Today’s author crush is special partly because she is someone I have already stalked met. Last spring Karen Cushman spoke at the Tucson Festival of Books and I was thrilled to get my picture taken with her. If you haven’t read her Newbery Award winning historical books, you need to try them out. These are historicals with a lot of oomph to them. For example, here is the opening to Karen’s first book, Catherine, Called Birdy:
12th day of September. I am commanded to write an account of my days: I am bit by fleas and plagued by family. That is all there is to say.
Her characters really do live large, jump off the page, and steal your heart. I’ve enjoyed every one of her books and am looking forward to reading Alchemy and Meggy Swann when it hits stores in April.
Here is what Karen Cushman has to say about writing routines:
My husband laughed when he heard I was to write about my writing routine. After 40 years of watching me work at one thing or another, he knows me pretty well, and routine is one word he would never use about my process. I do have what might be called procrastination routines: I read the newspaper (in print. I am loyal and old fashioned that way), emails, writing blogs, and Google News. I eat breakfast, shower, do a load of laundry, think about dinner. I answer emails, play computer solitaire, and talk baby talk to my cat. Finally I am impatient enough with myself to sit down and work.
I don’t outline or make 3×5 cards, or storyboards, but I do have a story pretty well developed in my head before I start to write it. I hate facing the blank page and find writing the first draft by far the hardest part of the job, pulling words out of me like, Katherine Paterson says, a spider spinning a web out of her own guts . Revision is much easier. So with my work in progress, Will Sparrow’s Road, I tried something different. I set up a vague outline of chapters, typed notes and ideas in each chapter, added a few sentences, a character description, an action, some dialogue, whatever occurred to me, until the book was laid out on the computer. Then when I went back, writing that first draft was more like editing and revising, not writing. Much easier.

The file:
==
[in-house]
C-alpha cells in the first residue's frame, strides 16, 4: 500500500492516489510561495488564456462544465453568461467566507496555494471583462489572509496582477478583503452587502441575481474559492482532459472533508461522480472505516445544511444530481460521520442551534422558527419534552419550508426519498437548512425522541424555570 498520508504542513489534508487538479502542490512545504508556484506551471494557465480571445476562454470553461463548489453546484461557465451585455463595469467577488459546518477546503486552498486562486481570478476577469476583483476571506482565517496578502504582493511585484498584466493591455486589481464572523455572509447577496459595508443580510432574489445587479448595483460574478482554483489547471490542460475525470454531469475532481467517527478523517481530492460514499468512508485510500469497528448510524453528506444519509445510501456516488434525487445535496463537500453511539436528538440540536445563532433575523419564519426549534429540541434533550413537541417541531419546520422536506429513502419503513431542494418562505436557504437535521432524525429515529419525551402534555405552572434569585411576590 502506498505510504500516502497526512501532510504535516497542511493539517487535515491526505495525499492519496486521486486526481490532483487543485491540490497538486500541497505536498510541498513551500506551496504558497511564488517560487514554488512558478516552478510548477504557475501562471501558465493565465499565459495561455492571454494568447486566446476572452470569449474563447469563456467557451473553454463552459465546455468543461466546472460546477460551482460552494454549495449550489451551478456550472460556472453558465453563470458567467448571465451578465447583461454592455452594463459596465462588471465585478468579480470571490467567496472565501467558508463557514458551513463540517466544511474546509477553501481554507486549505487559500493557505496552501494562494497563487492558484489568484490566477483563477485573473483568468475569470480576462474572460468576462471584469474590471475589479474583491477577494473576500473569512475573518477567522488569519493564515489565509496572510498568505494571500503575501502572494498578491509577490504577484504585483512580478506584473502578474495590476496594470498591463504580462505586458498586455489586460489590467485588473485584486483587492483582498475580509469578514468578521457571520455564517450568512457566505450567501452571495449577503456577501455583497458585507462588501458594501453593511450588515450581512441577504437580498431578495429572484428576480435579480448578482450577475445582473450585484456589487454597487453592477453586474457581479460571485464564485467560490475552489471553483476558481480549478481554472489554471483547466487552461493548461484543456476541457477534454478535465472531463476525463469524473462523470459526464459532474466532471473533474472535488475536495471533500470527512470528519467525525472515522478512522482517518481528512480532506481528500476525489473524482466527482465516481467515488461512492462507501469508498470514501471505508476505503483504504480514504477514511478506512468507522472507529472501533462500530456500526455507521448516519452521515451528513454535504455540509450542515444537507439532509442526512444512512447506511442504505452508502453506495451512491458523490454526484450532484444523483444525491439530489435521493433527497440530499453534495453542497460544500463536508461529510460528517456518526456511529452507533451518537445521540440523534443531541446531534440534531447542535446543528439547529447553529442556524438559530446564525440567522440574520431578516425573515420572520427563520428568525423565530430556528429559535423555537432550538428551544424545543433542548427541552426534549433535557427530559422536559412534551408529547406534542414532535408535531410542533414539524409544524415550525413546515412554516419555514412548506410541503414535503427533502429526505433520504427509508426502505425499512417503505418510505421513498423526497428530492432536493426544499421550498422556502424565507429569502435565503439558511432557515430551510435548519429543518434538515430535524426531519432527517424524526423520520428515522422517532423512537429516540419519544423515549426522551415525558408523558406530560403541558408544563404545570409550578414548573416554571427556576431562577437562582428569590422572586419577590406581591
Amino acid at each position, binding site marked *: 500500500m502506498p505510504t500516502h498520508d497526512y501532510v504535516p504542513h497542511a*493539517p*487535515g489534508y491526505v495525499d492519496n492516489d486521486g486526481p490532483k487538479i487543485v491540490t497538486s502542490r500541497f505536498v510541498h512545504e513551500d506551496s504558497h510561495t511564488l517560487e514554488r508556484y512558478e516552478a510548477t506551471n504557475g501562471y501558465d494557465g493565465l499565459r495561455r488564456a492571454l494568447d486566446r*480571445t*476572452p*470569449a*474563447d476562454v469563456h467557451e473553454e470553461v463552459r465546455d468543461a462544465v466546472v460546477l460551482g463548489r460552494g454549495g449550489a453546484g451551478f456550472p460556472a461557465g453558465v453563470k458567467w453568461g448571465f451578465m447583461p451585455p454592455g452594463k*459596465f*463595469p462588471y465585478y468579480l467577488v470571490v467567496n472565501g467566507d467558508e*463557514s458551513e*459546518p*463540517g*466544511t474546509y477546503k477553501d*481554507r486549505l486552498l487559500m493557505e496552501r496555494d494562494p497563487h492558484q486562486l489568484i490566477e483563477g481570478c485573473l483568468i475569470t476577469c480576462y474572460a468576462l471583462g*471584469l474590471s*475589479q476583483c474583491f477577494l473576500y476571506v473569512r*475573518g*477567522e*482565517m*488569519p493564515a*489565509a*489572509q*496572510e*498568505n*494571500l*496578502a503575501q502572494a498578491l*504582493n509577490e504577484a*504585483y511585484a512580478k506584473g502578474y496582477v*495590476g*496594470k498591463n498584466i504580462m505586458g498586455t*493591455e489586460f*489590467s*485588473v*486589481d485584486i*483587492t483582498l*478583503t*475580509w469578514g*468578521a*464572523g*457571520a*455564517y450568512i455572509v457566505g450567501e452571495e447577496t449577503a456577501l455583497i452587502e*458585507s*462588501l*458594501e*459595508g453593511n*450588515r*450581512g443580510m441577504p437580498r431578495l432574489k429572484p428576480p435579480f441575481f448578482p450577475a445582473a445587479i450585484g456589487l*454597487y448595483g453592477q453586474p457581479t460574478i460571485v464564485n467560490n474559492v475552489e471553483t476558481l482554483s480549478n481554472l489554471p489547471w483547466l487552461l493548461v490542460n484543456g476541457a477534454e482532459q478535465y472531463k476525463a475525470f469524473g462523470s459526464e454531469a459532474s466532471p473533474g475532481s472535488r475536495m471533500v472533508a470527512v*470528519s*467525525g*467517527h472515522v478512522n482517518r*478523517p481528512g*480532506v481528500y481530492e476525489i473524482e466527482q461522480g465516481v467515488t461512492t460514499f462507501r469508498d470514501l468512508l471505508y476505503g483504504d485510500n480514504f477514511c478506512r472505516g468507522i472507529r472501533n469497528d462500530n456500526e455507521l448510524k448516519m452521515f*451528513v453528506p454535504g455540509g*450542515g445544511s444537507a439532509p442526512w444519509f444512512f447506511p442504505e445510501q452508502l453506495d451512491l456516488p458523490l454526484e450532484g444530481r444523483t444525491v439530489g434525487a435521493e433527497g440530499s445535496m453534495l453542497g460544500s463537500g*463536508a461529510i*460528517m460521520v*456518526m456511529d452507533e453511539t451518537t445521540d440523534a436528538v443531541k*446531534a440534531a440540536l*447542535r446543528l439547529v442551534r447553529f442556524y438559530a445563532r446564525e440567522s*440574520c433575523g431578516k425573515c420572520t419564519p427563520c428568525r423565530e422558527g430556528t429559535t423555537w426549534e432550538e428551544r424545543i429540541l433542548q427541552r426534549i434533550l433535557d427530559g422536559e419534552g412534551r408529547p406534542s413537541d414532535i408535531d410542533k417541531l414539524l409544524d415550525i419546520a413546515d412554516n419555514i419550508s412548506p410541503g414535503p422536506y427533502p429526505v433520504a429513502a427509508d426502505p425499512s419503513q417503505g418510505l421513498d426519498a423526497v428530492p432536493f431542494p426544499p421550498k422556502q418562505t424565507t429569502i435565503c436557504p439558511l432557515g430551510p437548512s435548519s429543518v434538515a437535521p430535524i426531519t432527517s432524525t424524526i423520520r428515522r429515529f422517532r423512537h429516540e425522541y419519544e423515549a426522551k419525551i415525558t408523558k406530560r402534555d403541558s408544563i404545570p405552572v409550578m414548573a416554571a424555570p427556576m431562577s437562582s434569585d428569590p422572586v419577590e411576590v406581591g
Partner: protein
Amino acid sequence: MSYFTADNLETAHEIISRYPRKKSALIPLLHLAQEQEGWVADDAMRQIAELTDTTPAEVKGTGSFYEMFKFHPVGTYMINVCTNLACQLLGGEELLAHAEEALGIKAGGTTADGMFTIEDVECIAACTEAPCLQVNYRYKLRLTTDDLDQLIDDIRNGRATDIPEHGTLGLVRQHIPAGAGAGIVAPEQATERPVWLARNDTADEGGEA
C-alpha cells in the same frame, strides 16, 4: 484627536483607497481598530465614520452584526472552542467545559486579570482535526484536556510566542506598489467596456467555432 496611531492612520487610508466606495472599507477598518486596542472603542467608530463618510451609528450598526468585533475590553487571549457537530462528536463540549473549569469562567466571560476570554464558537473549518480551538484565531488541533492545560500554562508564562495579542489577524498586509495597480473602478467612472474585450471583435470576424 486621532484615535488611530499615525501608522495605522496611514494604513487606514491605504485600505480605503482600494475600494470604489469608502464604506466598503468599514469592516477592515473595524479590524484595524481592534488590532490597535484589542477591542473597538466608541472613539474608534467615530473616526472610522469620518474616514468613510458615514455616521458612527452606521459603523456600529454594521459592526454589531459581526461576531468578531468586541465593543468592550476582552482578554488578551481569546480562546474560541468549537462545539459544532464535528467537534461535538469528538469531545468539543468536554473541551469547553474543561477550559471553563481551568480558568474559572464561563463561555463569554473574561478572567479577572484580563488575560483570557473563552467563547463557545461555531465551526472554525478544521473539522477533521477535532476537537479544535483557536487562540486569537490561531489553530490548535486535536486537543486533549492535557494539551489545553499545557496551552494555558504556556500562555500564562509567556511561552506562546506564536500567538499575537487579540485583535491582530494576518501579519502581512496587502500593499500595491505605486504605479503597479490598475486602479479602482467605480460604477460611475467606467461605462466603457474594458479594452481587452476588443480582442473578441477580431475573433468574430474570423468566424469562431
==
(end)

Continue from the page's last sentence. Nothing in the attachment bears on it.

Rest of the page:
As I write my first draft, I go back and polish those pages and chapters that came before. Over and over. This is how I start working each day–reading over and polishing what I have already written. It gives me a running start on the day’s work–like an Olympic long jumper. From a dead stop, she might leap a couple of inches. But if she gets a running start, she’ll go 20 feet–easy.
It’s those early chapters that establish mood and voice and I like to know these as I write on. Is the voice humorous and ironic, like Birdy? Naive but wise like Alyce? Sad and angry like Rodzina? Complaining and confrontational as are Lucy and Matilda?
What little plot I have in my books grows from character. I have to know as much as possible about my characters before I know what they’ll do or say. Exercises don’t work. I have to write them into situations, say “aha, that’s what she’d do or he’d say”, and then build on that.
If I get stuck or blocked when I’m writing a new scene or passage, I go back to page 17 or 13 or 1, read what I’ve written, and get myself back into the story. But I must say I am always aware of writing versus editing. It’s important that I don’t write and edit at the same time. I have to know which hat I have on.
I don’t write every day and I don’t always write in a chair. I don’t have a set number of words or pages to do before I stop. I don’t follow anyone’s rules, and I don’t have rules of my own.
Writing can be difficult and a struggle but sometimes the words flow, from my brain and my heart to the page and even I don’t know how. And oh the joy when a book or a sentence or even a word is just right. I have an overwhelming sense of well-being, what Lee Stringer says is like shaking hands with God.
I once despaired of my lack of routine to my editor, Dinah Stevenson, and she said, “Your process is your process. Honor it.” And it does work for me. So I recommend you discover your own routine, even if it is lack of routine, and honor it. There are no rules.
To read more about Karen Cushman and her books:
Here is her website: http://www.karencushmanbooks.com/
Here is a sample of Alchemy and Meggy Swann due out in April: